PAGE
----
Murphy’s Law states: “Whatever can go wrong will go wrong.”
Of course, this is not the most positive way to pass through life, but at least you are always prepared for anything.
Even during an election, many things may not go as planned. In this event there are two options: You can resign to fate and weather what comes, or you can set up an emergency plan in advance.
Should anything go awry, each member of the electoral committee can simply look at the situation and everybody knows what needs to be done. Planning is half the battle. This does not just apply to the election calender or expense planning.
Thought-out election preparation: Having a plan B up your sleeve
You have an association or board election coming up, the candidates are at the starting line, the planning is operating at full steam, the election regulations and bylaws (or association charter) are up to date and the voting process has been hashed out? Then now is the time to prepare an “emergency plan for unforeseeable problems”!
Worst-case scenario: What all can go wrong when organising an election?
Play through the entire election in your mind – ideally with a group, i.e. the electoral committee and board – from the planning, preparation and organisation up to execution and counting. Consider what types of problems can arise at each point.
A few examples:
- A candidate withdraws.
- The organiser of the election falls ill.
- Vote reminders to voters are forgotten.
- There are misprints or faulty communication.
Feel free to exaggerate here a little. This lightens the mood and helps think of ideas that may otherwise be overlooked.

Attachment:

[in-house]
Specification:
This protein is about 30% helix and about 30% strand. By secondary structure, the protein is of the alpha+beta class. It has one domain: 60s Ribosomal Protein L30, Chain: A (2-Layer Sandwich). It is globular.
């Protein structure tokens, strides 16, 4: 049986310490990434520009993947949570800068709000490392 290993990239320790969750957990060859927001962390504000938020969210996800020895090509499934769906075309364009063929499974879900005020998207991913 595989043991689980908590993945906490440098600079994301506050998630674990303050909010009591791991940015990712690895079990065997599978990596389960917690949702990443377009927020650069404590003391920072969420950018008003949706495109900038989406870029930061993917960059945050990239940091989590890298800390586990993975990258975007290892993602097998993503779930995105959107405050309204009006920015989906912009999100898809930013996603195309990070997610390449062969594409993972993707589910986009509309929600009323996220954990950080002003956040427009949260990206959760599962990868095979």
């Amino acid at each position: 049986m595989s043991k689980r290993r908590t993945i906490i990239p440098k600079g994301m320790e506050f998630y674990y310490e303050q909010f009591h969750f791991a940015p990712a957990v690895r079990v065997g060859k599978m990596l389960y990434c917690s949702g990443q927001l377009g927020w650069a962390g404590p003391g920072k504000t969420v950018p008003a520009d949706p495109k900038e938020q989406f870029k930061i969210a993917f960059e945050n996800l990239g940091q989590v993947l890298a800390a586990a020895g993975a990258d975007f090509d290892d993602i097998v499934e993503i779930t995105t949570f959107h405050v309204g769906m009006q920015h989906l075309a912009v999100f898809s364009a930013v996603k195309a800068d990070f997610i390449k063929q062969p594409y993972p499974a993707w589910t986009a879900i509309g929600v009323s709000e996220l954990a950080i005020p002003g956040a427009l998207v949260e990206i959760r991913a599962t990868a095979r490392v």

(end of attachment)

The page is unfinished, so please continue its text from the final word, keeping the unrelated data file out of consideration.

Take notes and define escape plans
Write down all of the weak points in the organisation process on a piece of paper. Discuss what can be done in the event of one of these occurrences. For each point, write down
- who the respective contact is,
- what exactly has to be done
- and whether this all will have an effect on the rest of the election.
Everybody involved in the electoral management can get involved. It is also good to define contact partners for emergencies in advance. You thus avoid any unnecessary chaos of nobody feeling responsible, and one little error triggering a chain of more issues.
Make the emergency plan accessible to everyone
If anything unexpected happens, you often have to act quickly. It is thus important to make the Plan B accessible to everyone. You can send the emergency plan to everyone in an e-mail, print it out and hang it up on the wall, and make it available online.
Cheat Murphy’s Law, such as during the next association elections. Because a law of nature is generally reliable – and this makes planning the entire election very possible once again.